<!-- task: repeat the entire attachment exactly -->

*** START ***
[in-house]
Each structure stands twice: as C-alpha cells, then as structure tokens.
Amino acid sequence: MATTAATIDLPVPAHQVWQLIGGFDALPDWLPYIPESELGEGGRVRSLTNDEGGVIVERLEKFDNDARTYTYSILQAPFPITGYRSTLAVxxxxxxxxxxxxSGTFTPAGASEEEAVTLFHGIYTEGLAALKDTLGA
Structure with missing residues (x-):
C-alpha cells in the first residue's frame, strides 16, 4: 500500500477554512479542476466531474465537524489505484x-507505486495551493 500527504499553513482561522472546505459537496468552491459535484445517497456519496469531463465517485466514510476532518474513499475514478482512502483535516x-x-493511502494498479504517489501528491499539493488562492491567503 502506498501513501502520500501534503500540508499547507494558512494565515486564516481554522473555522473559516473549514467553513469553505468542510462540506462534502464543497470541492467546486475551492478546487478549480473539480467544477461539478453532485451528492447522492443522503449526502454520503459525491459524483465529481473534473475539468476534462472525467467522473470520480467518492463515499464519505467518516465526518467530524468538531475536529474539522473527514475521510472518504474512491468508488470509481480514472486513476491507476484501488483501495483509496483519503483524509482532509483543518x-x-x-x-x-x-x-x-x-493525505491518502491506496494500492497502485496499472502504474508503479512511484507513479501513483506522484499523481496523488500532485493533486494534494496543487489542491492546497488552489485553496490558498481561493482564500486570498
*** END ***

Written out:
[in-house]
Each structure stands twice: as C-alpha cells, then as structure tokens.
Amino acid sequence: MATTAATIDLPVPAHQVWQLIGGFDALPDWLPYIPESELGEGGRVRSLTNDEGGVIVERLEKFDNDARTYTYSILQAPFPITGYRSTLAVxxxxxxxxxxxxSGTFTPAGASEEEAVTLFHGIYTEGLAALKDTLGA
Structure with missing residues (x-):
C-alpha cells in the first residue's frame, strides 16, 4: 500500500477554512479542476466531474465537524489505484x-507505486495551493 500527504499553513482561522472546505459537496468552491459535484445517497456519496469531463465517485466514510476532518474513499475514478482512502483535516x-x-493511502494498479504517489501528491499539493488562492491567503 502506498501513501502520500501534503500540508499547507494558512494565515486564516481554522473555522473559516473549514467553513469553505468542510462540506462534502464543497470541492467546486475551492478546487478549480473539480467544477461539478453532485451528492447522492443522503449526502454520503459525491459524483465529481473534473475539468476534462472525467467522473470520480467518492463515499464519505467518516465526518467530524468538531475536529474539522473527514475521510472518504474512491468508488470509481480514472486513476491507476484501488483501495483509496483519503483524509482532509483543518x-x-x-x-x-x-x-x-x-493525505491518502491506496494500492497502485496499472502504474508503479512511484507513479501513483506522484499523481496523488500532485493533486494534494496543487489542491492546497488552489485553496490558498481561493482564500486570498